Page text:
Before doing anything else, New England must wonder if Mac Jones finally hit the rookie wall. The Alabama product threw five interceptions in his final four games and struggled throughout the Dec. 26 home loss to Buffalo. If Jones can avoid turning the ball over, don’t be surprised to see the Patriots celebrating yet another Lombardi Trophy in a few weeks.
4. Buffalo Bills (11-6, No. 3 seed)
If not for Devin Singletary, we may have ranked New England ahead of Buffalo here. The Bills finally saw the light and started giving the third-year running back more carries after a Week 14 loss to Tom Brady and the Tampa Bay Buccaneers. Singletary ran for 323 yards and scored six total touchdowns (five rushing, one receiving) in the Bills’ final four regular-season games.
If teams want to get far in the NFL Playoffs, a capable running back and a strong defense (a league-best 17 points allowed per game) will always help. Singletary’s recent emergence is significant news for an extremely talented Bills team.
3. Tennessee Titans (12-5, No. 1 seed)
On the one hand, Tennessee is the AFC’s No. 1 seed, and the Titans earned a first-round bye for a reason. You are what your record says you are. However, quarterback Ryan Tannehill’s disappointing 2021 season (his 14 interceptions marked the most he’s thrown since 2013) and an injury-plagued offense should raise red flags about their Super Bowl hopes.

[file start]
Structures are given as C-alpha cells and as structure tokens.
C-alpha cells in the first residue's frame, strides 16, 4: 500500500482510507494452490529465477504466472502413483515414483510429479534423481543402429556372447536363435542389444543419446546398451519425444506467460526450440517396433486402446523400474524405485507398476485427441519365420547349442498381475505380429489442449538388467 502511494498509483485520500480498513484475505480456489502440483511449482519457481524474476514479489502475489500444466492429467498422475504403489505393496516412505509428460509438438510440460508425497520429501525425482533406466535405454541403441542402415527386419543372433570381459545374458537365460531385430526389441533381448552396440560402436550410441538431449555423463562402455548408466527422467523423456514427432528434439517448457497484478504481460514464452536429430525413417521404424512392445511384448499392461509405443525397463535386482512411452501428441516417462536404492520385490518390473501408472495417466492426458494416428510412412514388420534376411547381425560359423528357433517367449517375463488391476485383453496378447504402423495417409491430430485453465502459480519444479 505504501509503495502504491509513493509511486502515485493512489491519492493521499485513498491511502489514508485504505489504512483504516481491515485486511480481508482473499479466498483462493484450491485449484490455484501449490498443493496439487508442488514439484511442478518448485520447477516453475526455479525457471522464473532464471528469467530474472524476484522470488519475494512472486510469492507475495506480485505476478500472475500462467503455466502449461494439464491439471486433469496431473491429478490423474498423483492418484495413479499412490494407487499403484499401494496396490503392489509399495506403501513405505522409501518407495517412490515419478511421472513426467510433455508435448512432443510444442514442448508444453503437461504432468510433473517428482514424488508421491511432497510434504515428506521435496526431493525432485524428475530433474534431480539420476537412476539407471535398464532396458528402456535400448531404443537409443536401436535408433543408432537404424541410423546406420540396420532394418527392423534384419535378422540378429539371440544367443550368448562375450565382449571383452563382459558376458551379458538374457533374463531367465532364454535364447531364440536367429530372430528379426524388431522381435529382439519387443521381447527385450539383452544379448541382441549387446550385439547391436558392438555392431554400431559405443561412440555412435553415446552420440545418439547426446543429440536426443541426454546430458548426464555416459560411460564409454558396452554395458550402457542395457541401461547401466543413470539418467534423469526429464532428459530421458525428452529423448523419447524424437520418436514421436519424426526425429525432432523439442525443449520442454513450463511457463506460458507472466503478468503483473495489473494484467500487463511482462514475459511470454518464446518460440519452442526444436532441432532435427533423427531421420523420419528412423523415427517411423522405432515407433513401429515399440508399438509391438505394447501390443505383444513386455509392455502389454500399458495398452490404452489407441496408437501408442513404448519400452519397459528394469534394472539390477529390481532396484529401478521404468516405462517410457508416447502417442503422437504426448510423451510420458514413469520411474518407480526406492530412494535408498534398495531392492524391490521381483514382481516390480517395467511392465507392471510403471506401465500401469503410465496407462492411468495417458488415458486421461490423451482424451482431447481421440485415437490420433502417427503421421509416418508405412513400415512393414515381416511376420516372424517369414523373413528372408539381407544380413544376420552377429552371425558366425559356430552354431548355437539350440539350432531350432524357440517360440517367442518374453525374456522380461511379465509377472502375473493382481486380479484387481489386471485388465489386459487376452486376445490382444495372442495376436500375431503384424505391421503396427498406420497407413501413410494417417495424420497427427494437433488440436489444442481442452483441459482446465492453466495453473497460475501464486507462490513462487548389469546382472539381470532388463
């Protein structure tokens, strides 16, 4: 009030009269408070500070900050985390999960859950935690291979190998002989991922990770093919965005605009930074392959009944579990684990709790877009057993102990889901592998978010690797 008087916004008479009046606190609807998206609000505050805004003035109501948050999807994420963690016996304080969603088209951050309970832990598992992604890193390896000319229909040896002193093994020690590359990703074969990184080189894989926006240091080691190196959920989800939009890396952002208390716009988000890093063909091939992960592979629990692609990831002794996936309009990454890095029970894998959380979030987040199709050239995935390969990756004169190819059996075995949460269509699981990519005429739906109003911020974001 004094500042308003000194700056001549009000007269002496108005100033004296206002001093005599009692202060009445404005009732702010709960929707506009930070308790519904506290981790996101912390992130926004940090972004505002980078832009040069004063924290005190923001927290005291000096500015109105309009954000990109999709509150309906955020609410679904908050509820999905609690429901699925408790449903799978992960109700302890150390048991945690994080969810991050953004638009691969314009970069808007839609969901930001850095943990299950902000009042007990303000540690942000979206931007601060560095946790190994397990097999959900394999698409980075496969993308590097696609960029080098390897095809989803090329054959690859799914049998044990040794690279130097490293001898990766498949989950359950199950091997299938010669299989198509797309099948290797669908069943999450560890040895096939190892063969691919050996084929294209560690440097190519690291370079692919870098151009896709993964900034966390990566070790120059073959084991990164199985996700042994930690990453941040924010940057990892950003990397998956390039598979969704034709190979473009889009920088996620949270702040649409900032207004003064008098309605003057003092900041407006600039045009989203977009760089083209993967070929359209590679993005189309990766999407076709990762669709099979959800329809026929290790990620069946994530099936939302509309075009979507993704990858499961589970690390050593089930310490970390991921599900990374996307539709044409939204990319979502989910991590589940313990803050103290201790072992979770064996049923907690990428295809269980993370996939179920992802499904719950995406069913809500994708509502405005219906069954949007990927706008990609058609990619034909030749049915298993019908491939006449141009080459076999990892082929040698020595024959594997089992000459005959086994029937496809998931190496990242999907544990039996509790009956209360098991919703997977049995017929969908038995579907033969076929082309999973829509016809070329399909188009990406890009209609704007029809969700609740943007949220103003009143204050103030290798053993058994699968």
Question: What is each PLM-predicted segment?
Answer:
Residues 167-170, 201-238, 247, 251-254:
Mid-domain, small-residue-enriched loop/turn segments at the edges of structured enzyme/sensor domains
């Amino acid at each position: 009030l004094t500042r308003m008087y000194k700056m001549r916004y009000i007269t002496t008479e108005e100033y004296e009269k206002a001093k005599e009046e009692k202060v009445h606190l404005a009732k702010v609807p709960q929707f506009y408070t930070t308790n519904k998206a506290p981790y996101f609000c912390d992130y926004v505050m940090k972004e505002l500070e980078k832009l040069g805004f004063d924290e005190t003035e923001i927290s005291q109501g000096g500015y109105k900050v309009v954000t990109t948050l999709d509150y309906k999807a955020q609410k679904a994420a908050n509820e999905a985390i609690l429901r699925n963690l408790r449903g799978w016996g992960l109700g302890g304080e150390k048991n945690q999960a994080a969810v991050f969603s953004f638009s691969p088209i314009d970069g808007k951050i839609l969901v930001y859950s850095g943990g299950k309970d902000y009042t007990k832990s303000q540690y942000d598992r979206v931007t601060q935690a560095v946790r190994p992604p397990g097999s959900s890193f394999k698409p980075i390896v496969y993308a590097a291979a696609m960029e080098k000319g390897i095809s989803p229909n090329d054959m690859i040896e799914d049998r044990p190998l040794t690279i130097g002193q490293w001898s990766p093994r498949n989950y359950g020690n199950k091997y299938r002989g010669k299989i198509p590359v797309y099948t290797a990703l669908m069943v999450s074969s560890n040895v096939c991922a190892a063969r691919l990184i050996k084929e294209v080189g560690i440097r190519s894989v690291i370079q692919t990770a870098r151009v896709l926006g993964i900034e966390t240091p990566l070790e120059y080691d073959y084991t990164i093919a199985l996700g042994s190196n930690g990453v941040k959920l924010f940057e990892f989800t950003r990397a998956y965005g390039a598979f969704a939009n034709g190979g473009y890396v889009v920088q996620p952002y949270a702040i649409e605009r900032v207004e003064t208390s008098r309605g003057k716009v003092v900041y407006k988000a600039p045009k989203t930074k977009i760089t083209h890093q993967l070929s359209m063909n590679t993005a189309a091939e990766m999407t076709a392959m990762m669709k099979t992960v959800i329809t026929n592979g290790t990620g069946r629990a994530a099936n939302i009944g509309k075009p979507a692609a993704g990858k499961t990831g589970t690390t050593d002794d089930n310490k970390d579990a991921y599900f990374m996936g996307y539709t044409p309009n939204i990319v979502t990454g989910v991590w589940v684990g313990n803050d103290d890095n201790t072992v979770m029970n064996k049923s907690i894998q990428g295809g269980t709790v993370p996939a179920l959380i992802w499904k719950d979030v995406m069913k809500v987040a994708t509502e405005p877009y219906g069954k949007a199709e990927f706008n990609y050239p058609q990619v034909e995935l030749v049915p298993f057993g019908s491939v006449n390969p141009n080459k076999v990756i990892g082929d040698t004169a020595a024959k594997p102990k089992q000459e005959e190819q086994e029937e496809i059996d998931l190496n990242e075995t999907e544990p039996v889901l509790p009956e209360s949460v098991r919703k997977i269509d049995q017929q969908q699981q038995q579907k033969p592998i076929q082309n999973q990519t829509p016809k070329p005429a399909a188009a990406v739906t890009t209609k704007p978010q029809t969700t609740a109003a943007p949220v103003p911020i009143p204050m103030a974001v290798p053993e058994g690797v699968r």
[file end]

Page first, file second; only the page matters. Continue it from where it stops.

However, the Titans rank third on our list because star running back Derrick Henry could return in the Divisional Round. Despite missing over two months with a foot injury, Henry still ended the regular season ranked ninth in rushing yards (937) and tied for six in rushing touchdowns (10). If he’s healthy, he could carry the Titans to a Super Bowl appearance on his lonesome.
2. Cincinnati Bengals (10-7, No. 4 seed)
If you still doubted Joe Burrow’s chances of succeeding in Cincinnati, let his 2021 numbers speak for themself. He completed 70.4% of his passes for 4,611 yards, 34 touchdowns, and 14 interceptions in leading a ferocious Bengals offense to an AFC North title.
Running back Joe Mixon earned Pro Bowl honors and scored 16 touchdowns from scrimmage. Ja’Marr Chase, the fifth overall pick in last April’s draft, should be a lock for Offensive Rookie of the Year after hauling in 81 catches, 1,455 yards, and 13 touchdowns. When defenses covered Chase, Burrow had no issues throwing to Tee Higgins (74 catches, 1,091 yards, and six touchdowns) and Tyler Boyd (67 catches, 828 yards, and five touchdowns).
1. Kansas City Chiefs (12-5, No. 2 seed)
Patrick Mahomes’ presence should say it all. The Chiefs have reached the AFC Championship Game in each of the last three years and won Super Bowl 54 in 2020. Mahomes rebounded from a tough start to the 2021 campaign and threw 18 touchdowns against three interceptions in the season’s second half.
So long as Mahomes is healthy and Andy Reid is the head coach, Kansas City should always be among the top two scariest teams in the AFC playoffs each year. Sometimes, things are just that simple.